For the planning element, try to make sure each individual knows how to play the song before you start to work with it as a band. Don’t waste valuable rehearsal time by teaching the song and the chords. That should be done before you come together collectively in order that you can use the time to get the song to gel with all the musicians. Start with finding the right tempo and groove and then build the other instruments’ parts around it. Tempo often has to do with how comfortable it is to sing at a certain pace, so choose the fastest feeling part of the song, probably the chorus, and make sure it doesn’t feel rushed. Use a metronome in practice to help you remember the right tempo afterwards.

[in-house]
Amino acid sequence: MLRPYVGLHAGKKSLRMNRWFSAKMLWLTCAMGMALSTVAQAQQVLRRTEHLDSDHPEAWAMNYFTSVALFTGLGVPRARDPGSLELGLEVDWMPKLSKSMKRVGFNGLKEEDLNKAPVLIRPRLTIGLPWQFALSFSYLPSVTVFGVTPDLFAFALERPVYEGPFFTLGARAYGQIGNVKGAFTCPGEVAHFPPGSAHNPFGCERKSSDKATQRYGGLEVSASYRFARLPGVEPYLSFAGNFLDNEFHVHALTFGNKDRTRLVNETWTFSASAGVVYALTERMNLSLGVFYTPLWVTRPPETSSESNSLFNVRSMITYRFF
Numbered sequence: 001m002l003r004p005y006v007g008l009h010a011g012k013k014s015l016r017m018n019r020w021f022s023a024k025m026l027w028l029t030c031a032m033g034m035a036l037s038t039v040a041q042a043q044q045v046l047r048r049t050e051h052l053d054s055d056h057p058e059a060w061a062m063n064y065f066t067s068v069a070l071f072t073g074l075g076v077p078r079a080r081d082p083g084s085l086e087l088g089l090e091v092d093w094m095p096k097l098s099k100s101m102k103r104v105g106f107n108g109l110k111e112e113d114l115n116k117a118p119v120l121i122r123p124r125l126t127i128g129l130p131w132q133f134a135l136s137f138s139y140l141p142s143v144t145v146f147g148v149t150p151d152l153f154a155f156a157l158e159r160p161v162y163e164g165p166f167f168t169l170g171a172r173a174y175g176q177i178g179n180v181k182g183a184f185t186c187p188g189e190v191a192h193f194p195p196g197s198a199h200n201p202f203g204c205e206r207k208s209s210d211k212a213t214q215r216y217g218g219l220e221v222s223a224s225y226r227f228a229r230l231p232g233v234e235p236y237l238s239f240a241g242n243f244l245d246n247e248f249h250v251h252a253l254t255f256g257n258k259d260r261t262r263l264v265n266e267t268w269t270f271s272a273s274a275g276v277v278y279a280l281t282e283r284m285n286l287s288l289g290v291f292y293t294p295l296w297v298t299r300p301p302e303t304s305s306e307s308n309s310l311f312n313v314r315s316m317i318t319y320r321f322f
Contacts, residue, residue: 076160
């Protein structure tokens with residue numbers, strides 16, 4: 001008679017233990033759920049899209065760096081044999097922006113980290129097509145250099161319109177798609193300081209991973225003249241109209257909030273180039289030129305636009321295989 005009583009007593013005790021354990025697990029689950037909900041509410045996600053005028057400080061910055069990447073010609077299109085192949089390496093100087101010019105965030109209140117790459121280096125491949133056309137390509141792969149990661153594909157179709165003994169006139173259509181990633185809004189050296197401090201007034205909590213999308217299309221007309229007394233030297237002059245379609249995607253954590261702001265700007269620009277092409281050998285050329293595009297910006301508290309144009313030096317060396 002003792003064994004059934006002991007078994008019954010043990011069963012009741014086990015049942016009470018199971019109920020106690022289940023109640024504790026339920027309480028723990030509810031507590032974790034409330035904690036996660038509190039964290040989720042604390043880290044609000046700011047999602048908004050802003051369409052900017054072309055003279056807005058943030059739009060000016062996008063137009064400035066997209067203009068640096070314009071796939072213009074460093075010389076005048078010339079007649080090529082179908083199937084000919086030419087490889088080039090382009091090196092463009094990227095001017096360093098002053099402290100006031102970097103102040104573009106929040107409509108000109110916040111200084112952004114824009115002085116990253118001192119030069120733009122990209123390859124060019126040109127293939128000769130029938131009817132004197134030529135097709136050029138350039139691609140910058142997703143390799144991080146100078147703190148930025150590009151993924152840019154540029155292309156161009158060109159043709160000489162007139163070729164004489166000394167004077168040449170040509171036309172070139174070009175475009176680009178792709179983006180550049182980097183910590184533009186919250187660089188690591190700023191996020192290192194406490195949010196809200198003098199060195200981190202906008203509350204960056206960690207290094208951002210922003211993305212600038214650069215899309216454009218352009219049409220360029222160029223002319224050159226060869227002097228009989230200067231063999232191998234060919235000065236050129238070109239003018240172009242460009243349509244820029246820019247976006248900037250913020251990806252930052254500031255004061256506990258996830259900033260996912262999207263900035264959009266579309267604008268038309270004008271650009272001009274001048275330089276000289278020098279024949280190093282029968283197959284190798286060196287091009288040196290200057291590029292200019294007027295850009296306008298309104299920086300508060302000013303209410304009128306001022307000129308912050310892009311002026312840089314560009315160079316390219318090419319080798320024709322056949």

Don’t over-arrange a song with lots of clever changes unless you make sure everyone writes it down, otherwise they’ll probably forget it and most of the congregation won’t notice the detail anyway. But do over-practice a song. Rehearse it more than you think is necessary to get it into everyone’s memory. A good place to start is by copying the parts from a definitive recorded version and go from there.
[Full article from Andy Chamberlain]